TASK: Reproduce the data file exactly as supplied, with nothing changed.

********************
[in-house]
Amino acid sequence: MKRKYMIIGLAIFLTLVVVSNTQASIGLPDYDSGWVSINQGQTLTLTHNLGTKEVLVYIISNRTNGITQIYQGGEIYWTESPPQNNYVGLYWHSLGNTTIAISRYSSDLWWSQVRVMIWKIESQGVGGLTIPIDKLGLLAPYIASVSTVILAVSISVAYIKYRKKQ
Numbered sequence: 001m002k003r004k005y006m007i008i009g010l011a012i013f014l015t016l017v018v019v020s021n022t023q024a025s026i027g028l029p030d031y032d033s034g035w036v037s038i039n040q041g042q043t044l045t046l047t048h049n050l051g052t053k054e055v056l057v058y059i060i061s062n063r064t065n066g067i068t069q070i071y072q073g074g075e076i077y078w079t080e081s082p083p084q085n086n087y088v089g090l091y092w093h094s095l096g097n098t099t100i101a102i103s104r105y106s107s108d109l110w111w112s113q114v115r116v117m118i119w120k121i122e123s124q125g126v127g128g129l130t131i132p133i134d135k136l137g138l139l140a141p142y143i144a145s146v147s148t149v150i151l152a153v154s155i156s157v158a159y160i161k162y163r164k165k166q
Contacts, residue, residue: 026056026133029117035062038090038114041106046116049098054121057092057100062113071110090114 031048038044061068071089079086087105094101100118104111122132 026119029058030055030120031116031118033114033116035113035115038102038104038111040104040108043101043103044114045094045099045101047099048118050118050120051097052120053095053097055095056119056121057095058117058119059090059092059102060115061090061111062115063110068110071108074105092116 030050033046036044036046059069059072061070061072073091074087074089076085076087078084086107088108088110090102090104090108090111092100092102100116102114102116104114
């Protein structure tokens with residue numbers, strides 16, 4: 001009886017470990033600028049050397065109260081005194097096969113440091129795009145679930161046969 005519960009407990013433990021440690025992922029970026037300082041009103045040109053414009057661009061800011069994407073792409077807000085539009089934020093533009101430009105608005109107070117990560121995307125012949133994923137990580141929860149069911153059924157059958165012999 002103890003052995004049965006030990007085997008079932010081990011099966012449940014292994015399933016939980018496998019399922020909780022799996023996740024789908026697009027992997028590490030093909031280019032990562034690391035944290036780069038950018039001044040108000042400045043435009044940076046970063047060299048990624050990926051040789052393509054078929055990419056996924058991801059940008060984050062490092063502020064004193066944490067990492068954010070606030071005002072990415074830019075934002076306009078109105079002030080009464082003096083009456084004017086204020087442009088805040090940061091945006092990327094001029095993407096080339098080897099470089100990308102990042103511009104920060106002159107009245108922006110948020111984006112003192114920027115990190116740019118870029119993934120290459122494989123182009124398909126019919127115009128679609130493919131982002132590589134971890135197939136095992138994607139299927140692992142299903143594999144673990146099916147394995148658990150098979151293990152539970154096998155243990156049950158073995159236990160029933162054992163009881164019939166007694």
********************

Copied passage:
[in-house]
Amino acid sequence: MKRKYMIIGLAIFLTLVVVSNTQASIGLPDYDSGWVSINQGQTLTLTHNLGTKEVLVYIISNRTNGITQIYQGGEIYWTESPPQNNYVGLYWHSLGNTTIAISRYSSDLWWSQVRVMIWKIESQGVGGLTIPIDKLGLLAPYIASVSTVILAVSISVAYIKYRKKQ
Numbered sequence: 001m002k003r004k005y006m007i008i009g010l011a012i013f014l015t016l017v018v019v020s021n022t023q024a025s026i027g028l029p030d031y032d033s034g035w036v037s038i039n040q041g042q043t044l045t046l047t048h049n050l051g052t053k054e055v056l057v058y059i060i061s062n063r064t065n066g067i068t069q070i071y072q073g074g075e076i077y078w079t080e081s082p083p084q085n086n087y088v089g090l091y092w093h094s095l096g097n098t099t100i101a102i103s104r105y106s107s108d109l110w111w112s113q114v115r116v117m118i119w120k121i122e123s124q125g126v127g128g129l130t131i132p133i134d135k136l137g138l139l140a141p142y143i144a145s146v147s148t149v150i151l152a153v154s155i156s157v158a159y160i161k162y163r164k165k166q
Contacts, residue, residue: 026056026133029117035062038090038114041106046116049098054121057092057100062113071110090114 031048038044061068071089079086087105094101100118104111122132 026119029058030055030120031116031118033114033116035113035115038102038104038111040104040108043101043103044114045094045099045101047099048118050118050120051097052120053095053097055095056119056121057095058117058119059090059092059102060115061090061111062115063110068110071108074105092116 030050033046036044036046059069059072061070061072073091074087074089076085076087078084086107088108088110090102090104090108090111092100092102100116102114102116104114
């Protein structure tokens with residue numbers, strides 16, 4: 001009886017470990033600028049050397065109260081005194097096969113440091129795009145679930161046969 005519960009407990013433990021440690025992922029970026037300082041009103045040109053414009057661009061800011069994407073792409077807000085539009089934020093533009101430009105608005109107070117990560121995307125012949133994923137990580141929860149069911153059924157059958165012999 002103890003052995004049965006030990007085997008079932010081990011099966012449940014292994015399933016939980018496998019399922020909780022799996023996740024789908026697009027992997028590490030093909031280019032990562034690391035944290036780069038950018039001044040108000042400045043435009044940076046970063047060299048990624050990926051040789052393509054078929055990419056996924058991801059940008060984050062490092063502020064004193066944490067990492068954010070606030071005002072990415074830019075934002076306009078109105079002030080009464082003096083009456084004017086204020087442009088805040090940061091945006092990327094001029095993407096080339098080897099470089100990308102990042103511009104920060106002159107009245108922006110948020111984006112003192114920027115990190116740019118870029119993934120290459122494989123182009124398909126019919127115009128679609130493919131982002132590589134971890135197939136095992138994607139299927140692992142299903143594999144673990146099916147394995148658990150098979151293990152539970154096998155243990156049950158073995159236990160029933162054992163009881164019939166007694």